|Volume 7 | Issue 02 | February 2013 ||
United Nations International Social Justice Day and the Promise of Improved Social Protection in Bangladesh
Equity is a core principle of the Universal Declaration of Human Rights, successive UN conventions and the constitutions of many nation states, including that of Bangladesh. Social justice, and with it the promise of economic, social and cultural rights is the embodiment of development with equity. The aim of these commitments is to promote peaceful and prosperous coexistence within and among nations, based on human dignity and non-discrimination.
Although these rights -- to shelter, to food, education, health, decent work and livelihoods -- have been controversial in the past, their place is now well-established in international law. To be clear, these are cast in terms of access to opportunities and capabilities, based on the principle of fair provision of public services and exercise of law between people and groups. It is recognised also that resource constraints may limit achievement of these rights, yet it is, nevertheless incumbent on governments to take all necessary action to secure them. For the United Nations, the pursuit of social justice is at the centre of our global mission, and we seek in all that we do, to support governments in meeting these obligations. While monitoring and reporting has its place, advocacy and support is still more significant, especially in this very challenging area. For Bangladesh, these types of commitment also have a strong grounding -- notably in Article 15 of the Constitution which states:
“It shall be a fundamental responsibility of the State to attain… a steady improvement in the material and cultural standard of living of the people, with a view to securing to its citizens… the basic necessities of life, including food, clothing, shelter, education and medical care; the right to work, that is the right to guaranteed employment at a reasonable wage having regard to the quantity and quality of work; the right to reasonable rest, recreation and leisure; and the right to social security, that is to say to public assistance in cases of undeserved want arising from unemployment, illness or disablement, or suffered by widows or orphans or in old age, or in other such cases.”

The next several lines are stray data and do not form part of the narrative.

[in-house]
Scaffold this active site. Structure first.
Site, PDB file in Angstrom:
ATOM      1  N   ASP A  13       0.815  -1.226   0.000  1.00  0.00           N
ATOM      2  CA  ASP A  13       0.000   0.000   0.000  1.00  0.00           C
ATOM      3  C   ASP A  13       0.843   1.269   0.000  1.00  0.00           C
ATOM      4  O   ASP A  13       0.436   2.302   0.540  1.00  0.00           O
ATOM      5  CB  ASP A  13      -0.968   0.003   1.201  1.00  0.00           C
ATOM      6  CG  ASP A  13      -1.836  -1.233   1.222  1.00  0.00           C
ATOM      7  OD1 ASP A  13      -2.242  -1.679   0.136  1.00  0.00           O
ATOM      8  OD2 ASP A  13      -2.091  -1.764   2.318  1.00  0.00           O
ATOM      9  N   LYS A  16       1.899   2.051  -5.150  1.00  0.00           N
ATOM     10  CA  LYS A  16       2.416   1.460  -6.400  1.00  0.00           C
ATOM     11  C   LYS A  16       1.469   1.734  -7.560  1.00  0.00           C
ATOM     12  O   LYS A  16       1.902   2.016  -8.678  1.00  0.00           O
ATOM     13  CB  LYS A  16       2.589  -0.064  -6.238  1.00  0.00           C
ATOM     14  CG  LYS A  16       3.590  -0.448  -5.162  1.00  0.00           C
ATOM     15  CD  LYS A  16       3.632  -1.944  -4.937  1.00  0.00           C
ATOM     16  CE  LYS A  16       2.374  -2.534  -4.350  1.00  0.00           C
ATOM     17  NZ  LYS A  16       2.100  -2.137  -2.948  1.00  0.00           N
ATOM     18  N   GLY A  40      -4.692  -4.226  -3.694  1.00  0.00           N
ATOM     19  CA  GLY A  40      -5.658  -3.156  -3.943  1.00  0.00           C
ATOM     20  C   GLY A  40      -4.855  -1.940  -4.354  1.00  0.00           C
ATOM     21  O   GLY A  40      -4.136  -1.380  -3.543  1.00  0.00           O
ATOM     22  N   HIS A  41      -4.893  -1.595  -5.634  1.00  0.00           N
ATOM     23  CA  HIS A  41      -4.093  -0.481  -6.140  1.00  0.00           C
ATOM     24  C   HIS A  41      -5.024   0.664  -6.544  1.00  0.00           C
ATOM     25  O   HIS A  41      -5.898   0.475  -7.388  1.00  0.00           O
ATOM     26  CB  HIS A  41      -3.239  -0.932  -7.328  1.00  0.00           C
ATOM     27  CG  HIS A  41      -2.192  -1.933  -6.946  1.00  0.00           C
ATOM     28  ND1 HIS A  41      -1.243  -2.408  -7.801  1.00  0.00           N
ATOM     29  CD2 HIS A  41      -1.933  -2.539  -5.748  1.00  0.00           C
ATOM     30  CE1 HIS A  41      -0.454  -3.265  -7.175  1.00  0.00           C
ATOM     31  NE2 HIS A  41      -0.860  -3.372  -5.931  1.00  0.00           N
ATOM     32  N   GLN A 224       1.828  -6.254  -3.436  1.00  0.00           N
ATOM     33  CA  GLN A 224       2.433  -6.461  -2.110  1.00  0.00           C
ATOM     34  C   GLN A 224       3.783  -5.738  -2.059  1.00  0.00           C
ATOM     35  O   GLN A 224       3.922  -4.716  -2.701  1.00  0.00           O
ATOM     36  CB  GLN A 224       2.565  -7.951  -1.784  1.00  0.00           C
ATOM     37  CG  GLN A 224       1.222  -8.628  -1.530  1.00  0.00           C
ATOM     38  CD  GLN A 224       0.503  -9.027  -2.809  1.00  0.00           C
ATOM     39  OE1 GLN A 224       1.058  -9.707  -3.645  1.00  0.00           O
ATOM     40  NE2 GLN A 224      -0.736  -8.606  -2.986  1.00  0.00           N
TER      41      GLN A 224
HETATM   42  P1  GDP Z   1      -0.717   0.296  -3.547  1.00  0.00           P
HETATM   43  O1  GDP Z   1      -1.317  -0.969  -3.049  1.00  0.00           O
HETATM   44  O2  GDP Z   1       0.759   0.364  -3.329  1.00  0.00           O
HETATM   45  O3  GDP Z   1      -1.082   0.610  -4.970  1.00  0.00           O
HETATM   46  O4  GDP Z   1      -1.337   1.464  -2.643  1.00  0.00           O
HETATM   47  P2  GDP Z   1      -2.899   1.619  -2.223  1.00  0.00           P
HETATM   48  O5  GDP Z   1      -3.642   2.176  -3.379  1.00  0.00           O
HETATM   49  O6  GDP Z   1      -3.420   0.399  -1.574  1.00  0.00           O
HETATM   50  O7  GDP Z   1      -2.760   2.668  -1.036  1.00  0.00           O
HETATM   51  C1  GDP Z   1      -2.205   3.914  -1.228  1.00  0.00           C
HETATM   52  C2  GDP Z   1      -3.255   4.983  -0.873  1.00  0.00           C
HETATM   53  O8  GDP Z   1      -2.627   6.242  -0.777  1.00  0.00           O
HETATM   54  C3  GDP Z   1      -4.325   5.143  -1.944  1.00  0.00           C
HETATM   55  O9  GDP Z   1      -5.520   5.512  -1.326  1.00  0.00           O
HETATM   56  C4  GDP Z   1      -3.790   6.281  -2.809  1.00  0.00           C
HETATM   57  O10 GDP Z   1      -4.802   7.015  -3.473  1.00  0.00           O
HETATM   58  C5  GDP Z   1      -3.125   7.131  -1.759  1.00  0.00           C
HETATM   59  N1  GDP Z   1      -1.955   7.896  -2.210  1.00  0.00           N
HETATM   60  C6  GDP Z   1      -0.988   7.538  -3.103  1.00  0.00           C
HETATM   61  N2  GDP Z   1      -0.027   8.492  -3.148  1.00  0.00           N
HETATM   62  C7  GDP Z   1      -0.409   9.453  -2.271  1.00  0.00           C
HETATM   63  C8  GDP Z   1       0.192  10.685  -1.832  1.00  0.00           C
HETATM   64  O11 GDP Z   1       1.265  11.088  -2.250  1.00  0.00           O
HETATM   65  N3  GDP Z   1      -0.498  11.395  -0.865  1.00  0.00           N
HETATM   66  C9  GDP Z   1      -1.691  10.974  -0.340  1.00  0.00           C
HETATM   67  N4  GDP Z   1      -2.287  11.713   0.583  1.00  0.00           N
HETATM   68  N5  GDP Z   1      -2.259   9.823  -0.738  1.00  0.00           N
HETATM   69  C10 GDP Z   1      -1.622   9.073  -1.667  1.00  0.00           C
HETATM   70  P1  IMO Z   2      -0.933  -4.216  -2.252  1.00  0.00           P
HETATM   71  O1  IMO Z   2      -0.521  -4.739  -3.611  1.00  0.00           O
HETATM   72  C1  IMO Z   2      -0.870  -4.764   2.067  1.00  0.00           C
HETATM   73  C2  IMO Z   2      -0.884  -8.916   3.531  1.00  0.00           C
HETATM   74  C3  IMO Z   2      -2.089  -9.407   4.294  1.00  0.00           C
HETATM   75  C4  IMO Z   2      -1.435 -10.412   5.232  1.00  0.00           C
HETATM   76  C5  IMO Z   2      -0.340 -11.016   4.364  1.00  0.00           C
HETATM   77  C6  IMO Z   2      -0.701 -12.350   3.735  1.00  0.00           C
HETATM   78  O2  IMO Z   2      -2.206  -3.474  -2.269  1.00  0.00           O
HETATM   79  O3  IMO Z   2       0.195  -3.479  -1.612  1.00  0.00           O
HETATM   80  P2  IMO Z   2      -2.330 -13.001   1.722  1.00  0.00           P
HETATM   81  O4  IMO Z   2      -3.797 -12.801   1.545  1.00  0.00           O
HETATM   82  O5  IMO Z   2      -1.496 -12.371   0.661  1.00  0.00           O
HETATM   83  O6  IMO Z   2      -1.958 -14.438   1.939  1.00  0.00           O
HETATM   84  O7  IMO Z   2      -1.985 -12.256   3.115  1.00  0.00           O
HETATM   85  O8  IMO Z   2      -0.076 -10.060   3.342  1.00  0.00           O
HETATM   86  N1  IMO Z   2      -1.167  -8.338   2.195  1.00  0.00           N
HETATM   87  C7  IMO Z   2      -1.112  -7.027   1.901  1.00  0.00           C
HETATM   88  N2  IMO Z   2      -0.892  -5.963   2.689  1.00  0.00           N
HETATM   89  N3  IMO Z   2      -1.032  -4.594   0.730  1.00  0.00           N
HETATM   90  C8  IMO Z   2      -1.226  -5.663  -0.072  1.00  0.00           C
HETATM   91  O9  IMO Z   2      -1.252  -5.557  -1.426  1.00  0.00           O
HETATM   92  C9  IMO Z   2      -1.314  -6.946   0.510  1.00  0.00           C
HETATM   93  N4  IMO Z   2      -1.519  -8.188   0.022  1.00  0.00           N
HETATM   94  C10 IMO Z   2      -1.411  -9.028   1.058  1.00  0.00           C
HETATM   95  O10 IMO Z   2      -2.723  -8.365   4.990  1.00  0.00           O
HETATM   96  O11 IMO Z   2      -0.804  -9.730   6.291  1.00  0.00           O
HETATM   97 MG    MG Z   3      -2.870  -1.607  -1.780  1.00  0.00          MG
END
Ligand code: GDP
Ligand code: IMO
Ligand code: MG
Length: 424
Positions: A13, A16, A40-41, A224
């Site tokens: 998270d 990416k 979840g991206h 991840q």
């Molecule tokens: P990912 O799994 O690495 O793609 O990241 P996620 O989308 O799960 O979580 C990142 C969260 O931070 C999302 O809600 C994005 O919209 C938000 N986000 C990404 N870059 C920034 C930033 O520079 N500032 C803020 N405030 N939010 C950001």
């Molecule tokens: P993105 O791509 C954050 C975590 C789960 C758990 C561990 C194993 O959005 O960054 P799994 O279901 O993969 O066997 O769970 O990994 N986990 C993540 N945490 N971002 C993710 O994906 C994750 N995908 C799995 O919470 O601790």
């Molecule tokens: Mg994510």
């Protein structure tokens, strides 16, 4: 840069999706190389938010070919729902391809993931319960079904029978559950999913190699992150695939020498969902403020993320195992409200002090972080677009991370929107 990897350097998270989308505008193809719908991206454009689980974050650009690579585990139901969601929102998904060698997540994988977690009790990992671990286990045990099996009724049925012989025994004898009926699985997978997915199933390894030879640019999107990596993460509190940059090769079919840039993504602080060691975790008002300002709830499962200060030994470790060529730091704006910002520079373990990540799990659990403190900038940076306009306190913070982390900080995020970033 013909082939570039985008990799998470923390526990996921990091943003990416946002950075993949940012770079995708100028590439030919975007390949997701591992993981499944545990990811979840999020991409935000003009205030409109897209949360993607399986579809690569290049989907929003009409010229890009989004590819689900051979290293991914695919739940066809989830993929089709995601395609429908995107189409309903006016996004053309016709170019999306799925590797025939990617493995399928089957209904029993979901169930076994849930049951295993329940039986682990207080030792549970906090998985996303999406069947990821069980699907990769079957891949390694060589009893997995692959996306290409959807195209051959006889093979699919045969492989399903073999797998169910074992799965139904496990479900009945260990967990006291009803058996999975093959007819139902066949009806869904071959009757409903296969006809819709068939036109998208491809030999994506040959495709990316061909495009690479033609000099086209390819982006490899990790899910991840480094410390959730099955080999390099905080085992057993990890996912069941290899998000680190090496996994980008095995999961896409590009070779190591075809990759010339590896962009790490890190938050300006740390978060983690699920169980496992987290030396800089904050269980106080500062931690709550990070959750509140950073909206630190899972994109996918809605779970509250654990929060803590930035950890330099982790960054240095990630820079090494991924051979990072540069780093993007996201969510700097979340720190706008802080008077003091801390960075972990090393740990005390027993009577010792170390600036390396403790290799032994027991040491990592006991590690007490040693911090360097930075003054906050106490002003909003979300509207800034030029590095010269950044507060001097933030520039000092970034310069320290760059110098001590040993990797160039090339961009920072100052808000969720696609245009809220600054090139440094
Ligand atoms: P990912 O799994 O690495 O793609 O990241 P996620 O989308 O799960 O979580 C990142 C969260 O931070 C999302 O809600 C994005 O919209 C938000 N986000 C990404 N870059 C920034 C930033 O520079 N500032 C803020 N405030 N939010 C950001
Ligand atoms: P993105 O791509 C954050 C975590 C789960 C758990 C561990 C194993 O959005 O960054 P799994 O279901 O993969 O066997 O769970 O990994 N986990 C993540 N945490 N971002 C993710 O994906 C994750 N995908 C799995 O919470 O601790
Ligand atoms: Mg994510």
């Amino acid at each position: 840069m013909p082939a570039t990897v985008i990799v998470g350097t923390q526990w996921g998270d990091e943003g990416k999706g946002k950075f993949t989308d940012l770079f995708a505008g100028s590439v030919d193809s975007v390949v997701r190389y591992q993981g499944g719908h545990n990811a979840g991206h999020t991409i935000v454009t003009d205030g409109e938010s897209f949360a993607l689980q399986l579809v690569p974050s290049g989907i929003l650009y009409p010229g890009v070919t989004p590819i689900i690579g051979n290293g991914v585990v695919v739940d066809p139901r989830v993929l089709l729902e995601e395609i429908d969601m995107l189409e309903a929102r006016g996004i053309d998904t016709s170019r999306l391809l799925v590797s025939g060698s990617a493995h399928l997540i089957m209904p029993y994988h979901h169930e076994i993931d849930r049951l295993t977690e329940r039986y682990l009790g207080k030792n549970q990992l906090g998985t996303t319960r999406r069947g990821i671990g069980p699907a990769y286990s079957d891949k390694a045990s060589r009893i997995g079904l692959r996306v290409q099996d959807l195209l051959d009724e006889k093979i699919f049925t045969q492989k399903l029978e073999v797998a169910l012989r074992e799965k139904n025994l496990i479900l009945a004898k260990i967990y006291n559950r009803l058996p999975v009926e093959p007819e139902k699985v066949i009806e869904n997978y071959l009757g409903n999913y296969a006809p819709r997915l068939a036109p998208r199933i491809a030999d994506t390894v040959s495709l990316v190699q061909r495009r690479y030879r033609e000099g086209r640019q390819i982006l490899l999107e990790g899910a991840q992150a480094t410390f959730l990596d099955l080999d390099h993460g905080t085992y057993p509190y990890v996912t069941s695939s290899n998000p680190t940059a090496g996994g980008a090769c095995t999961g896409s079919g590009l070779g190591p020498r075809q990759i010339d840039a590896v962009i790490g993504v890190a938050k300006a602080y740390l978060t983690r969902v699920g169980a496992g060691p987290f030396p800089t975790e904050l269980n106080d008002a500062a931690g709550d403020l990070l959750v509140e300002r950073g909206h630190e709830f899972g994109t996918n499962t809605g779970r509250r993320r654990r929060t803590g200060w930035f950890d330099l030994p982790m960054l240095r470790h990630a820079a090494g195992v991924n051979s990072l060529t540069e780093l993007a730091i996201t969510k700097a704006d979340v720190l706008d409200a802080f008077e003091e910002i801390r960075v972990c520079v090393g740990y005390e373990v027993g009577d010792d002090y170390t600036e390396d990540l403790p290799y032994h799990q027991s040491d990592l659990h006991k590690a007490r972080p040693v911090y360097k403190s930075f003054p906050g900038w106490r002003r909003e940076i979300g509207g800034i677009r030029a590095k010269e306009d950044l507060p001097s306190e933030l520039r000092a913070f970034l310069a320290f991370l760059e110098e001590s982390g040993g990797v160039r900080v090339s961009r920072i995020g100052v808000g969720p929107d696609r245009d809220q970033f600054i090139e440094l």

The declaration of Social Justice Day on 20th February is an example of the UN System's on-going efforts to promote and secure global buy-in to Social Justice. Given, the national commitment outlined above, and the demonstrable actions of successive governments here in Bangladesh to put these principles into action, I am very positive about the place of social justices as corner stone of development thinking in this country. This has been maintained in the current government's Vision 2021 and is operationalised in the Outline Perspective Plan and the Sixth Five Year Plan. We are not merely seeking middle income status but equity and social inclusion! It is fair to say that pro-poor thinking is hardwired in Bangladesh: the challenge is to modernise and strengthen this policy orientation.
The adoption by the International Labour Organization of the Declaration on Social Justice for a Fair Globalization was the catalyst for the creation of Social Justice Day. This declaration focuses on guaranteeing fair outcomes for all, through employment, social protection, social dialogue, and fundamental principles and rights at work. Drawing on this, I would highlight that social protection is a key policy consideration for Bangladesh. However, prior to this I also want to emphasise the wider work of the UN System here, Bangladesh, in enabling the realisation of social justice.